Australia’s car manufacturing industry has been dying a slow and painful death. Now it’s time to put it out of its misery, writes David Walker.
Within the next 10 weeks, Toyota and then Holden will shut down Australia’s last car manufacturing plants. As these shut-downs happen, our media will fill not just with justified accounts of the pain caused to workers and their families, but also with a torrent of policy fretting. Commentators will earnestly decry our politicians’ lack of economic vision.
And they’ll be wrong to do so.
Here are seven reasons why Australia’s right to walk away from car manufacturing:
- If a car industry was to remain in Australia, it would require hundreds of millions of dollars in continuing government subsidies. The industry isn’t profitable. Large foreign-owned carmakers have been telling politicians for three-quarters of a century how well they can do if only they’re given a chance – and politicians have given them that chance. We have had tariffs, quotas, manufacturing subsidies, extra luxury car taxes, green car programs and every other damn thing, and Australia’s car industry never could put itself on a sustainable footing.
- Australia is a particularly bad place to make cars. The market is tiny, so you need to export. A car is a collection of very specialised parts, some of which you need to import. And Australia is at the distant end of every supply line.
- Car making is a manufacturing activity – and manufacturing, like agriculture before it, is steadily shrinking as a share of world economic activity. It’s dropped from 21 per cent to 15 per cent in just two decades. Manufacturing employment has dropped even faster; the whole business is ripe for automation, so many car plants have large areas almost devoid of workers. And the same trend recurs in country after country – not just Australia, North America and Europe but even China. Click here to play with the global data yourself, courtesy of Google and the World Bank.
- For governments, car manufacturing is a mug’s game, partly because so many places want to do it. All over the world, the resulting policies have made car manufacturing one of the most expensive ways you can imagine, to give people jobs. The taxes needed to protect car manufacturing push up prices, and push spending power down, for people right across the rest of the economy. Meanwhile, the world’s car supply suffers regular gluts; we’re in one right now. Australia’s right to abandon this crazy game.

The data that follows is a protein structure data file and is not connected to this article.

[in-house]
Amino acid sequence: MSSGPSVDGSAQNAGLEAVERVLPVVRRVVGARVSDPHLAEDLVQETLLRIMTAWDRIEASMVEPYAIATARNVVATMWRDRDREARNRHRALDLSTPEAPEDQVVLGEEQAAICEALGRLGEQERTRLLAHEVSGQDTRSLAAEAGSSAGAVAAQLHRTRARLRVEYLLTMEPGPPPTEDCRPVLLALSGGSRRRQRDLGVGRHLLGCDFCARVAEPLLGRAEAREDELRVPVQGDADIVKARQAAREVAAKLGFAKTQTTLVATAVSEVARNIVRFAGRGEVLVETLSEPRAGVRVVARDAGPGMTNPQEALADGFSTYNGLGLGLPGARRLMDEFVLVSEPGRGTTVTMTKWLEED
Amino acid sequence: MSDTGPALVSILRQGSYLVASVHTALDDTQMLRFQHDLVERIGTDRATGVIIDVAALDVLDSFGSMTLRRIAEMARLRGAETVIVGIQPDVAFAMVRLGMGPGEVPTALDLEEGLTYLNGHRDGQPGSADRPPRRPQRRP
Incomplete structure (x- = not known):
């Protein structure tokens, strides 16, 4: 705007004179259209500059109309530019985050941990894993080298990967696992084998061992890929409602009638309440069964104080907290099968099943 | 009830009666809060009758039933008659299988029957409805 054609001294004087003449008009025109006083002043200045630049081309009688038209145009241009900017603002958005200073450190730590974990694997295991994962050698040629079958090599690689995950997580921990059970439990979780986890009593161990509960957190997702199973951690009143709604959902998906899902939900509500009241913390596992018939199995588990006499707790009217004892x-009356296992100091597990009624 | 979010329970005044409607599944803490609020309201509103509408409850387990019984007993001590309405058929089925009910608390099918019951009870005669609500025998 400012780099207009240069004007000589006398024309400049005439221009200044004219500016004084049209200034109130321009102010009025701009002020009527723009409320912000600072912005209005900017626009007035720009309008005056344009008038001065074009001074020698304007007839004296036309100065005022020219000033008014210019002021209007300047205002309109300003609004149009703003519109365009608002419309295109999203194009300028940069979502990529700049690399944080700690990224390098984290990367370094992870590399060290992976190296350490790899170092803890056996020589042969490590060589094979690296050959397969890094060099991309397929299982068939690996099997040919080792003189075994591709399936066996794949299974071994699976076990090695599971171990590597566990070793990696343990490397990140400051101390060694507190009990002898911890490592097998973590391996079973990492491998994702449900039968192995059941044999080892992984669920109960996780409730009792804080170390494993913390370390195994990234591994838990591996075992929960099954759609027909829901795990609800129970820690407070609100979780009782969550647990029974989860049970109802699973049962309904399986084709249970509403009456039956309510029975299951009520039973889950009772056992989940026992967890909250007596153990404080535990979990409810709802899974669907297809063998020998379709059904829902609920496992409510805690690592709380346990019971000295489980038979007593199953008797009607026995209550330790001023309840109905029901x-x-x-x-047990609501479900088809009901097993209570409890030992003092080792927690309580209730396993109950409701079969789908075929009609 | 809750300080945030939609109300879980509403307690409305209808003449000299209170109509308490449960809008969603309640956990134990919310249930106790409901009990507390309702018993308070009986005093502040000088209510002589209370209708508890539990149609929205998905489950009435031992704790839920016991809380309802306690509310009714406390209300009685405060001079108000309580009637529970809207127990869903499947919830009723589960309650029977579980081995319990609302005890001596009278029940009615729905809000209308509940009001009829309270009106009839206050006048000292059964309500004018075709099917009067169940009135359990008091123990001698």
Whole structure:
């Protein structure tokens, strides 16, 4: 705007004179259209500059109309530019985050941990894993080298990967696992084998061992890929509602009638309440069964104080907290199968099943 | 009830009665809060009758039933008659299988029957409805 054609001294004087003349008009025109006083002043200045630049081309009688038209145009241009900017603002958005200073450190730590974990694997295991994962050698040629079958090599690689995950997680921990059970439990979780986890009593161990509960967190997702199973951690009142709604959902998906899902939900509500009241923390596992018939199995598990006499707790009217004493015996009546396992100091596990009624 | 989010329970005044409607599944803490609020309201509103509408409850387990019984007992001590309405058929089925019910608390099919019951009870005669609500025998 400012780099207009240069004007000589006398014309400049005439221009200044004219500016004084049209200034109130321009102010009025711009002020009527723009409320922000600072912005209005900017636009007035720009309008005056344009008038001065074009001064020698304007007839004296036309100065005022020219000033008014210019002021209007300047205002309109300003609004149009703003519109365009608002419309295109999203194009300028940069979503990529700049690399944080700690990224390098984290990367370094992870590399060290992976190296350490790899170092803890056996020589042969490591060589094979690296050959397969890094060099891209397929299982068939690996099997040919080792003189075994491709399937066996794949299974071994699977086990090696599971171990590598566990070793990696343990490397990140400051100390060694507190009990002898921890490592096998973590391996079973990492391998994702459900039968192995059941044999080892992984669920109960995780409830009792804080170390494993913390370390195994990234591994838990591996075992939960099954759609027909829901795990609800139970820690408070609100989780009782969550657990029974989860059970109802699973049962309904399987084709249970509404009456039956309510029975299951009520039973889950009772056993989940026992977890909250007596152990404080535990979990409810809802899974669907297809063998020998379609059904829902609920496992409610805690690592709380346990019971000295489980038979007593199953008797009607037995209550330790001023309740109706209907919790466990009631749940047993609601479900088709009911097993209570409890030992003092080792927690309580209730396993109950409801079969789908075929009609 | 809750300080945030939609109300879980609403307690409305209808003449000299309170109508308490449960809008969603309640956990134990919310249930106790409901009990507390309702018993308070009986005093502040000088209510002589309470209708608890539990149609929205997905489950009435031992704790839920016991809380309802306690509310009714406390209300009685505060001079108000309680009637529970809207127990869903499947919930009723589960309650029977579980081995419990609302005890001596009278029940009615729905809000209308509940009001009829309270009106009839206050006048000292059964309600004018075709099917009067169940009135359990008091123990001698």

- Manufacturing remains an important industry sector, but nothing convincingly justifies giving it special privileges. For instance, a new report from the Australia Institute, Manufacturing: A Moment of Opportunity, claims that manufacturing has a trade orientation, intensity of innovation and overall “strategic importance” that sets it apart from other activities. These are old, thin arguments. For instance, despite their centrality to the economy, Australia produces no phone or PC chips; does anyone really think we should?
- While Australia’s car industry has been shrinking over the past quarter-century, our economy has done remarkably well. Part of that prosperity may be that we stopped doing so much misguided industry protection.
- Donald Trump has tweeted threats to reinstate protection for US carmakers. That doesn’t prove car industry protection is a bad idea, but it is a pretty big hint ...
General Motors is sending Mexican made model of Chevy Cruze to U.S. car dealers-tax free across border. Make in U.S.A.or pay big border tax!
— Donald J. Trump (@realDonaldTrump) January 3, 2017
Farming fell from more than 50 per cent of Australia’s economy in 1900 Federation to less than two per cent now. People of the early 1900s would have told you that such a fall in farming’s share of output and employment would be the ruin of the nation. Yet here we are, obviously not destitute.
The same thing is now happening in manufacturing. Australia, thankfully, has decided not to spend huge sums fighting against the future.